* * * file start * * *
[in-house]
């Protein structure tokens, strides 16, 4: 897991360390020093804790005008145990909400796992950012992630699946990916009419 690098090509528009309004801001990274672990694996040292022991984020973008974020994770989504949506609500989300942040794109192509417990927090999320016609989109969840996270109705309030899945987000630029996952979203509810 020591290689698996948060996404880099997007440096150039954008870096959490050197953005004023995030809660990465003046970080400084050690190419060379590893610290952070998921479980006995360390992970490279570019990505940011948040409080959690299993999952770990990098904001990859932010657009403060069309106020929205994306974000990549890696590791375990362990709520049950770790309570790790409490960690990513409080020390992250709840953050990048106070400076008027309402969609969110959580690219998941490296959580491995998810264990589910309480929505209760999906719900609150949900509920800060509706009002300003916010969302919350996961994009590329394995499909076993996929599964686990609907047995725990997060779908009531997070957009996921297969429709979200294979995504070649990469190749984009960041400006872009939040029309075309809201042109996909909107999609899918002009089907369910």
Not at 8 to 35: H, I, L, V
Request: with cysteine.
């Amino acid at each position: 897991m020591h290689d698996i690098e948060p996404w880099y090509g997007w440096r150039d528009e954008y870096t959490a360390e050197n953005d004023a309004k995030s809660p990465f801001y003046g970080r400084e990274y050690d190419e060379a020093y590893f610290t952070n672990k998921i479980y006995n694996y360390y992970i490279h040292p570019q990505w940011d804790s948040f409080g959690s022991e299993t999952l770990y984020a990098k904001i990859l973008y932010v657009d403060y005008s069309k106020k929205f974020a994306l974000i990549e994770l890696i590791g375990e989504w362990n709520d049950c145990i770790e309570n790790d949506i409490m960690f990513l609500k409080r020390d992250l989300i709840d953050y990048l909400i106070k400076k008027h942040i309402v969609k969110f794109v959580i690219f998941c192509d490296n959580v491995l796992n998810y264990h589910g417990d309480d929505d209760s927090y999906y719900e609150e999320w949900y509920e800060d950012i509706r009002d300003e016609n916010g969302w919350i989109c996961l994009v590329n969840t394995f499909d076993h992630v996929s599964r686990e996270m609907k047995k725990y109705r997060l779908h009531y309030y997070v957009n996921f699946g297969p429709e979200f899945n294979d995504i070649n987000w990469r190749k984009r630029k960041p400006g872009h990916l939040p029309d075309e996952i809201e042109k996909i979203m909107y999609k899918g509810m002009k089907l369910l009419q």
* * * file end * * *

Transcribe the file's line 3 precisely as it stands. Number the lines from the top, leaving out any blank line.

Not at 8 to 35: H, I, L, V